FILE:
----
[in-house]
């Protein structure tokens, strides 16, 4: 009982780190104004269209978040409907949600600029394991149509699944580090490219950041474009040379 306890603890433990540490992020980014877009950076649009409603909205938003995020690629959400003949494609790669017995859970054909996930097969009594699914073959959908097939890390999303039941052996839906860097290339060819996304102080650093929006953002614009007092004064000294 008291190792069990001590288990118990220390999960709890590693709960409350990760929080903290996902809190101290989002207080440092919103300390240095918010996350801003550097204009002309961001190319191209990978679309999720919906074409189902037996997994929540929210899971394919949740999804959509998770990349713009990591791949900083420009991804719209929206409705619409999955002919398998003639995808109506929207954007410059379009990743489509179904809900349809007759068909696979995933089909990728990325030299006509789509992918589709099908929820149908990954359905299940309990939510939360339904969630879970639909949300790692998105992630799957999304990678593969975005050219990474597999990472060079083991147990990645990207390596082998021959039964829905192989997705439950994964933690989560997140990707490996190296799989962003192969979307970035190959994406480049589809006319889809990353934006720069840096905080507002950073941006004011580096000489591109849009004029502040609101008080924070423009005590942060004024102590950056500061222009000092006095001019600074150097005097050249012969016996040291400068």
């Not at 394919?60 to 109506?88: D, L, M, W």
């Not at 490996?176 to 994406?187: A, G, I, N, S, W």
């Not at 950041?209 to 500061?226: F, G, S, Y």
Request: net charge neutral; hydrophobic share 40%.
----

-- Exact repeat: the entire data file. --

[in-house]
């Protein structure tokens, strides 16, 4: 009982780190104004269209978040409907949600600029394991149509699944580090490219950041474009040379 306890603890433990540490992020980014877009950076649009409603909205938003995020690629959400003949494609790669017995859970054909996930097969009594699914073959959908097939890390999303039941052996839906860097290339060819996304102080650093929006953002614009007092004064000294 008291190792069990001590288990118990220390999960709890590693709960409350990760929080903290996902809190101290989002207080440092919103300390240095918010996350801003550097204009002309961001190319191209990978679309999720919906074409189902037996997994929540929210899971394919949740999804959509998770990349713009990591791949900083420009991804719209929206409705619409999955002919398998003639995808109506929207954007410059379009990743489509179904809900349809007759068909696979995933089909990728990325030299006509789509992918589709099908929820149908990954359905299940309990939510939360339904969630879970639909949300790692998105992630799957999304990678593969975005050219990474597999990472060079083991147990990645990207390596082998021959039964829905192989997705439950994964933690989560997140990707490996190296799989962003192969979307970035190959994406480049589809006319889809990353934006720069840096905080507002950073941006004011580096000489591109849009004029502040609101008080924070423009005590942060004024102590950056500061222009000092006095001019600074150097005097050249012969016996040291400068």
């Not at 394919?60 to 109506?88: D, L, M, W």
């Not at 490996?176 to 994406?187: A, G, I, N, S, W």
């Not at 950041?209 to 500061?226: F, G, S, Y």
Request: net charge neutral; hydrophobic share 40%.